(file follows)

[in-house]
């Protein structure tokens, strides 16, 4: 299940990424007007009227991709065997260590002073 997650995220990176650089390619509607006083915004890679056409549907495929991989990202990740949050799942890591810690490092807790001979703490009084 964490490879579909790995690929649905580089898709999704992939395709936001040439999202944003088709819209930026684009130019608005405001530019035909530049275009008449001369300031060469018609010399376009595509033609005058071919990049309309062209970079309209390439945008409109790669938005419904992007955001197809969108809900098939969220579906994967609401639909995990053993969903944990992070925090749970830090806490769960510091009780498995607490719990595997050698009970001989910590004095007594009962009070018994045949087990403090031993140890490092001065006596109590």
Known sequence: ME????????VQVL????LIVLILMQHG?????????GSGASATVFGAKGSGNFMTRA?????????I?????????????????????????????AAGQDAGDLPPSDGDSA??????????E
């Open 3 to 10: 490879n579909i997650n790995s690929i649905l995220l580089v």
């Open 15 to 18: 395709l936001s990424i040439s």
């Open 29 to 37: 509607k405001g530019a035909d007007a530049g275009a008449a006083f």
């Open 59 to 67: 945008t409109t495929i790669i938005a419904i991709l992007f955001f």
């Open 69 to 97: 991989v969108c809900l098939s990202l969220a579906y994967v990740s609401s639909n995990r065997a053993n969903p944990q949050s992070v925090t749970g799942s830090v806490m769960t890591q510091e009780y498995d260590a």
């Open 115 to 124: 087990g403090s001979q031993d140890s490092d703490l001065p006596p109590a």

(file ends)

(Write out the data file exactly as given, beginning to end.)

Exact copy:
[in-house]
């Protein structure tokens, strides 16, 4: 299940990424007007009227991709065997260590002073 997650995220990176650089390619509607006083915004890679056409549907495929991989990202990740949050799942890591810690490092807790001979703490009084 964490490879579909790995690929649905580089898709999704992939395709936001040439999202944003088709819209930026684009130019608005405001530019035909530049275009008449001369300031060469018609010399376009595509033609005058071919990049309309062209970079309209390439945008409109790669938005419904992007955001197809969108809900098939969220579906994967609401639909995990053993969903944990992070925090749970830090806490769960510091009780498995607490719990595997050698009970001989910590004095007594009962009070018994045949087990403090031993140890490092001065006596109590």
Known sequence: ME????????VQVL????LIVLILMQHG?????????GSGASATVFGAKGSGNFMTRA?????????I?????????????????????????????AAGQDAGDLPPSDGDSA??????????E
């Open 3 to 10: 490879n579909i997650n790995s690929i649905l995220l580089v």
């Open 15 to 18: 395709l936001s990424i040439s």
């Open 29 to 37: 509607k405001g530019a035909d007007a530049g275009a008449a006083f």
């Open 59 to 67: 945008t409109t495929i790669i938005a419904i991709l992007f955001f």
């Open 69 to 97: 991989v969108c809900l098939s990202l969220a579906y994967v990740s609401s639909n995990r065997a053993n969903p944990q949050s992070v925090t749970g799942s830090v806490m769960t890591q510091e009780y498995d260590a």
């Open 115 to 124: 087990g403090s001979q031993d140890s490092d703490l001065p006596p109590a």